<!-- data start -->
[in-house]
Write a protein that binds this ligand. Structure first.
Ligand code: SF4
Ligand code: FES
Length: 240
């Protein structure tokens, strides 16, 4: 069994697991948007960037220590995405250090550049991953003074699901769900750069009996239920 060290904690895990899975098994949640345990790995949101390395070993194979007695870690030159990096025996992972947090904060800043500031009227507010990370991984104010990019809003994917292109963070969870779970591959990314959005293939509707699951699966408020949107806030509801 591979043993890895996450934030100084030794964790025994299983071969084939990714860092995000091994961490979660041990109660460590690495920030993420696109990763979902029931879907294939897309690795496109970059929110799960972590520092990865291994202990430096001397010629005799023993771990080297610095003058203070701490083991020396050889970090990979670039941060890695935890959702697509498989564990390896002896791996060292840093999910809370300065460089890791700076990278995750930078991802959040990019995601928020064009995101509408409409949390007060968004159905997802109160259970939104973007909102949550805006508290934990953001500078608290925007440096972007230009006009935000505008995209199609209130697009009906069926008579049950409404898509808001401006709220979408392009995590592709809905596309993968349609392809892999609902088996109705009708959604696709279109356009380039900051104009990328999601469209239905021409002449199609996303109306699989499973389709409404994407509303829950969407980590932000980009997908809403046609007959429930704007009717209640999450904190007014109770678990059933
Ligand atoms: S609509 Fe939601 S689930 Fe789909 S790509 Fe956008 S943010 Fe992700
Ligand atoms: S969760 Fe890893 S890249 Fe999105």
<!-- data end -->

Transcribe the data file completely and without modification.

[in-house]
Write a protein that binds this ligand. Structure first.
Ligand code: SF4
Ligand code: FES
Length: 240
């Protein structure tokens, strides 16, 4: 069994697991948007960037220590995405250090550049991953003074699901769900750069009996239920 060290904690895990899975098994949640345990790995949101390395070993194979007695870690030159990096025996992972947090904060800043500031009227507010990370991984104010990019809003994917292109963070969870779970591959990314959005293939509707699951699966408020949107806030509801 591979043993890895996450934030100084030794964790025994299983071969084939990714860092995000091994961490979660041990109660460590690495920030993420696109990763979902029931879907294939897309690795496109970059929110799960972590520092990865291994202990430096001397010629005799023993771990080297610095003058203070701490083991020396050889970090990979670039941060890695935890959702697509498989564990390896002896791996060292840093999910809370300065460089890791700076990278995750930078991802959040990019995601928020064009995101509408409409949390007060968004159905997802109160259970939104973007909102949550805006508290934990953001500078608290925007440096972007230009006009935000505008995209199609209130697009009906069926008579049950409404898509808001401006709220979408392009995590592709809905596309993968349609392809892999609902088996109705009708959604696709279109356009380039900051104009990328999601469209239905021409002449199609996303109306699989499973389709409404994407509303829950969407980590932000980009997908809403046609007959429930704007009717209640999450904190007014109770678990059933
Ligand atoms: S609509 Fe939601 S689930 Fe789909 S790509 Fe956008 S943010 Fe992700
Ligand atoms: S969760 Fe890893 S890249 Fe999105």